Also, avoid churches that have different services for different groups: like traditional vs. contemporary or teen service apart from an adult service. In fact, you should add that on your list of important things to look for, does the oldest person in the church have weekly interactions with the youngest person in the church? 

Think it through. Pray about it. Look through a church's beliefs and standards. Visit a few that meet these basic requirements. If you need help with this, I would help you, seriously: call me, e-mail me, message me, whatever. I'm thinking I need to do a whole post on just this one point. 

If your current church doesn't meet these basic requirements... it might be time to leave it.  KEY: Might be... Read Suggestion 4 before you leave. We don't have time for popular, well-funded churches with big programs but no firm hold on the sound teaching we've received from the New Testament authors. We just don't. (Side note: I hope that you don't walk away from this post thinking that I recommend leaving a church too quickly or too flippantly. I'm hoping that as you finish listening, you won't think that.)

Work through all of this and then pick a Church. 

Suggestion Number 2: Go to a Church. 

Now that you've picked a Church, go to it. Attend. If they have a family night, go. If they have a Sunday School, go. If there is a special Christmas service, go. When they offer Bible studies, if you can, go. Don't leave right after the service, stay and get to know some people. Ask them questions. Go to lunch with them. Accept invitations to their houses and if you don't get any of those, invite people to your house. Make these church events more important than any other events involving any other circle of  friends.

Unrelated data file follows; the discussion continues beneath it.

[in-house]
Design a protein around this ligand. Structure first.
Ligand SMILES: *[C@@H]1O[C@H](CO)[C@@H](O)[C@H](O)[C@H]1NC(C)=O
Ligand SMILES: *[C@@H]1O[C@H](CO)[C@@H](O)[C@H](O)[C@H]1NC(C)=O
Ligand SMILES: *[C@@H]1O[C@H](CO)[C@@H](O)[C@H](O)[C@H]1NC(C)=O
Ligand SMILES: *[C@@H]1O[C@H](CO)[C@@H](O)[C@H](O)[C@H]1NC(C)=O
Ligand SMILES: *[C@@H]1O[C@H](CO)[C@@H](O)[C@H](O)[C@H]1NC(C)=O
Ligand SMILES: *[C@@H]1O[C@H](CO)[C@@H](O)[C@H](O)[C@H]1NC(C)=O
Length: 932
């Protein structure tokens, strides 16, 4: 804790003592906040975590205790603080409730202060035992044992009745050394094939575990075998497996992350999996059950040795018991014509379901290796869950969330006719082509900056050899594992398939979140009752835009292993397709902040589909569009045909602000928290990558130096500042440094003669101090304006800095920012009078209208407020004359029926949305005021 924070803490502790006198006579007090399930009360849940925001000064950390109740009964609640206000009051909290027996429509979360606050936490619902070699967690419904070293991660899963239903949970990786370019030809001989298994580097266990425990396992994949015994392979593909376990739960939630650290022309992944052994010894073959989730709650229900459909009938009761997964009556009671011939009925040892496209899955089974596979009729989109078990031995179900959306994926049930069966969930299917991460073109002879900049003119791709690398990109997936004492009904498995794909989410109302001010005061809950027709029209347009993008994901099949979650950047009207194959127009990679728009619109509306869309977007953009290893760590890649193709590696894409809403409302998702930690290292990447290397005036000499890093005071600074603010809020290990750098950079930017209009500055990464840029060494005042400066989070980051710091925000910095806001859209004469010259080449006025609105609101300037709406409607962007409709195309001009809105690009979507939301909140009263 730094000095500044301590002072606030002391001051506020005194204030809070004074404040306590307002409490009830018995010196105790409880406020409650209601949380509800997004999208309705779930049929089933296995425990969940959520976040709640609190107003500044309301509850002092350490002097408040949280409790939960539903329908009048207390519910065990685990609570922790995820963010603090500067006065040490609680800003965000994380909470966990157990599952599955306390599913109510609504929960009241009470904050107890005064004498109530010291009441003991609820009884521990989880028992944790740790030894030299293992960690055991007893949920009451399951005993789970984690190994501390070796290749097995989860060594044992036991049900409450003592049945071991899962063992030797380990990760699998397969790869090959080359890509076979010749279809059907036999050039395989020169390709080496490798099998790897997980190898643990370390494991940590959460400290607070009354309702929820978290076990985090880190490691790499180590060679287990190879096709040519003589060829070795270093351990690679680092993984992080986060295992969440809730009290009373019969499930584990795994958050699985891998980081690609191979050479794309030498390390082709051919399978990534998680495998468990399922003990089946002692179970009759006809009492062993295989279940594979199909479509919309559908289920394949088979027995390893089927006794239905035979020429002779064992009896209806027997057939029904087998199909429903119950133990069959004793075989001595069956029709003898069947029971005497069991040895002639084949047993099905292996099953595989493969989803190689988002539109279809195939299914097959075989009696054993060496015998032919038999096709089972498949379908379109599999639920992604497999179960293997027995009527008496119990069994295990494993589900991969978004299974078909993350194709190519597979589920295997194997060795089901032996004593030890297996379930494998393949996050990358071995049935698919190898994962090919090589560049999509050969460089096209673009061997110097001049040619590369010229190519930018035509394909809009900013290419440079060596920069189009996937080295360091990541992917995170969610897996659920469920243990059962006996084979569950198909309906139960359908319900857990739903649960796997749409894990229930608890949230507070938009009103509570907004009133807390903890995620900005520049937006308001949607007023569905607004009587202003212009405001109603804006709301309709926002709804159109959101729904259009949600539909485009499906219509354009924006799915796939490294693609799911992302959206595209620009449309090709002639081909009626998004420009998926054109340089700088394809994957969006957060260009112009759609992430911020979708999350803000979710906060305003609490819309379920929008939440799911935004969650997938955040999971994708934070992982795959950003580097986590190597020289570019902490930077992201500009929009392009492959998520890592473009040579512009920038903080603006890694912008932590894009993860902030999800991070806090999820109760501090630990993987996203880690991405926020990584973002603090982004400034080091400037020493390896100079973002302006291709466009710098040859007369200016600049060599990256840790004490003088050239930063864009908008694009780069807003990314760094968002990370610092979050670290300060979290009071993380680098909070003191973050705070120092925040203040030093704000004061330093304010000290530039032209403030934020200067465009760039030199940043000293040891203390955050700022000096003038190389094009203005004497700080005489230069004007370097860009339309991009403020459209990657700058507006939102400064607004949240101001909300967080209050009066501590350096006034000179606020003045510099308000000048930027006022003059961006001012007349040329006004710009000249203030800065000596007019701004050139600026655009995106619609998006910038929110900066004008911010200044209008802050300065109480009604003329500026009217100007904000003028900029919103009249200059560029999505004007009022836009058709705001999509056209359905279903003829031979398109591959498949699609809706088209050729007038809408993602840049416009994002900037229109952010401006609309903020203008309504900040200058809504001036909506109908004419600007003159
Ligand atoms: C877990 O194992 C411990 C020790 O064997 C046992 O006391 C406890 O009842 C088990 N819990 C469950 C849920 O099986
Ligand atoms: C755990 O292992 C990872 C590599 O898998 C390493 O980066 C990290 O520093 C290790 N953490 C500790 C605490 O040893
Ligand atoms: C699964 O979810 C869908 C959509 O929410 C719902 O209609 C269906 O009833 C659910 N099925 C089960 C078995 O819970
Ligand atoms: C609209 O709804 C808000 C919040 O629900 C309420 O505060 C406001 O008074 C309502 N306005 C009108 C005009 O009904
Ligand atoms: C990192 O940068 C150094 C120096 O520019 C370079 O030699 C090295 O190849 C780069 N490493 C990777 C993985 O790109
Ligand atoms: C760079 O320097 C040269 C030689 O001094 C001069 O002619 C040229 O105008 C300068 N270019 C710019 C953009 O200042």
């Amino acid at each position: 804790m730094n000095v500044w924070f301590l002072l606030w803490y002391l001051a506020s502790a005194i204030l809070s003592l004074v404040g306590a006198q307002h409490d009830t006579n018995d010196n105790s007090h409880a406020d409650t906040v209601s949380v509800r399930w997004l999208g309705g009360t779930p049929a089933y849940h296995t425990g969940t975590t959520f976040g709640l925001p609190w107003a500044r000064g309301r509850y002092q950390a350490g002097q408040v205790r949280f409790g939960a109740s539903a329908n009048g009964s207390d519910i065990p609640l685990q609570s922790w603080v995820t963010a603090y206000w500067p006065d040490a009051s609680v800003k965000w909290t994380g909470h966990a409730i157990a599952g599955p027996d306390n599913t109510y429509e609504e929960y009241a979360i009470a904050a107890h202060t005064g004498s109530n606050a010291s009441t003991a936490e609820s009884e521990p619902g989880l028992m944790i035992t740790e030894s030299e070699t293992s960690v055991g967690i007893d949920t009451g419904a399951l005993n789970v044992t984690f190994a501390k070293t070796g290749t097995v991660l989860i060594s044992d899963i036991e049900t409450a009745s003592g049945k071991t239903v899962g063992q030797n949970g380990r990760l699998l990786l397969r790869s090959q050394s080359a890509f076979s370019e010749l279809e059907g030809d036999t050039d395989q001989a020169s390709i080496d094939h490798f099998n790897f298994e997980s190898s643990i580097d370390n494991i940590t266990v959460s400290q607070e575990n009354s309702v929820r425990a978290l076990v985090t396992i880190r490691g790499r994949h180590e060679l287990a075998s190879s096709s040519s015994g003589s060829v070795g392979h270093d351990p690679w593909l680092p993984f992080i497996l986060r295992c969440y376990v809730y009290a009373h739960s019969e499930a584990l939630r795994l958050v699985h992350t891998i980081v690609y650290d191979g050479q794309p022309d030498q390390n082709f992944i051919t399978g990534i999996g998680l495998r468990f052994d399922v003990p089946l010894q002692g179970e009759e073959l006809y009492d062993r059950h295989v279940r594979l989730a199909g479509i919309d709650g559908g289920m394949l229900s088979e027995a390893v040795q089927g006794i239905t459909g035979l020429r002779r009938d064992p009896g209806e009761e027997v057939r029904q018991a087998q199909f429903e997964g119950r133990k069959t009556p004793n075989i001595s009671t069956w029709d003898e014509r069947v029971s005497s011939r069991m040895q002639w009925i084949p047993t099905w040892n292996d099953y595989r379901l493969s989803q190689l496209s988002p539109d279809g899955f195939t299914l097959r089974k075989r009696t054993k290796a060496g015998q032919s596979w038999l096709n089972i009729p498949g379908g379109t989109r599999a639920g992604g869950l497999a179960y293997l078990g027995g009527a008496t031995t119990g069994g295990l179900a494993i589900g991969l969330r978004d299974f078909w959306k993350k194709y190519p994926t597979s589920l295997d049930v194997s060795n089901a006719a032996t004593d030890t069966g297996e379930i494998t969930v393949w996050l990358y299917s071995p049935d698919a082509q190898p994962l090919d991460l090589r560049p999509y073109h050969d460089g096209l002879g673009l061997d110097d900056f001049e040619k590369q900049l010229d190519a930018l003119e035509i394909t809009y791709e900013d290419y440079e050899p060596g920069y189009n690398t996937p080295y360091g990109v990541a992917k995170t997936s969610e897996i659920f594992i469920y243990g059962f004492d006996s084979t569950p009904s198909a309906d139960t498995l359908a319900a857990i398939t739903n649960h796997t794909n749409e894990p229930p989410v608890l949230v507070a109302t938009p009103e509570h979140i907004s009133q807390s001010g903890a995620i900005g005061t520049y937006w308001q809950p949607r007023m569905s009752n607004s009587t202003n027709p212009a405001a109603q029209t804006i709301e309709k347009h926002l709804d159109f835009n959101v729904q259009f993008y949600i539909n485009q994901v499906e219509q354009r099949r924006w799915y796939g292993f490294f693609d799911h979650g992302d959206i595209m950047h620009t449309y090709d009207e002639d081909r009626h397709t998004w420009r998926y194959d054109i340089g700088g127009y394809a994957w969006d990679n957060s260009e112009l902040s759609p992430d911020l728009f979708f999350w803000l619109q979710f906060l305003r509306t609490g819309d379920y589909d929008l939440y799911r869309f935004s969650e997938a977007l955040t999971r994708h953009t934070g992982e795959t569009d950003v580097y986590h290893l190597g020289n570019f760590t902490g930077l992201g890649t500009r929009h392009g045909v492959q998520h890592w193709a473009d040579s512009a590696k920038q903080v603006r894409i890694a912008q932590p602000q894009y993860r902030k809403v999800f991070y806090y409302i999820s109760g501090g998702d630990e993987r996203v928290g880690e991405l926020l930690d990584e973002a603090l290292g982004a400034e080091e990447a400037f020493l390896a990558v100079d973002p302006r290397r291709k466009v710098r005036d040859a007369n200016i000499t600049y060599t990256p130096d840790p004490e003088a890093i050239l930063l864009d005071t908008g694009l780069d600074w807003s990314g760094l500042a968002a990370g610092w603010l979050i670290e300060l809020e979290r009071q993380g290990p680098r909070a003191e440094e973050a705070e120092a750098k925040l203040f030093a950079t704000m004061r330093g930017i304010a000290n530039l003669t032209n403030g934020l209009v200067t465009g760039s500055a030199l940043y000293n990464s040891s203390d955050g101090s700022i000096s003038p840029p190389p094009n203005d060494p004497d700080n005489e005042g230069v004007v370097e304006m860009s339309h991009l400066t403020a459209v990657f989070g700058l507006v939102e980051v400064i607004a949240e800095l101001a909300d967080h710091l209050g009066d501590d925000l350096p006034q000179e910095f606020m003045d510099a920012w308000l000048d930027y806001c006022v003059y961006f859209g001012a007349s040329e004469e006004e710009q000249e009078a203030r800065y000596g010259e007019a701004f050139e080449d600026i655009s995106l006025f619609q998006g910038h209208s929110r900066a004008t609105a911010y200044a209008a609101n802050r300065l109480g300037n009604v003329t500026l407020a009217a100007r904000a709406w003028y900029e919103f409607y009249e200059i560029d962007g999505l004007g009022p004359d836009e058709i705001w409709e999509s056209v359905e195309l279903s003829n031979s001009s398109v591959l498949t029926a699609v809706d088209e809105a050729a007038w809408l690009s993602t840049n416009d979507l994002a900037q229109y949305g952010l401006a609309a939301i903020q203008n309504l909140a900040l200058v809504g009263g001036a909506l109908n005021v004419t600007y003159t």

If it is a Biblical church, and you've picked well, then that church will have a really good understanding of Biblical Church membership, so while you are going to this church that you've picked, ask about becoming a member. If the pastor of your church looks puzzled by this or acts like this isn't all that important, then you've picked poorly and you need to go back to suggestion 1. 

Suggestion Number 3: Serve in a Church.

Now that you are a member and you are attending and getting to know people, start serving. Move some chairs when they need moving. Set up tables when you see people setting up tables. If this church has one, offer to serve in the nursery. Ask your pastor how you can help, you'll make his day. 

Suggestion Number 4: Don't leave a Church. 

I should title this suggestion, Don't leave a church easily. This is really important and should partner well with suggestion number 1. If they are teaching or preaching heresy, whether that is verbally or in practice, you'll potentially need to leave... but that shouldn't be an easy process for you or for them. (Consider the life and legacy of J.I. Packer if you need clarification on this.)

If there is nothing blatantly heretical, then try to pick your own church and then stay there, don't leave. Maybe they aren't living up to the dream of what you think the church should be... good. Seriously, that is good. If you can't float in and out of your church on Sunday, then it is quite possible you've actually entered into a a true Christian Community.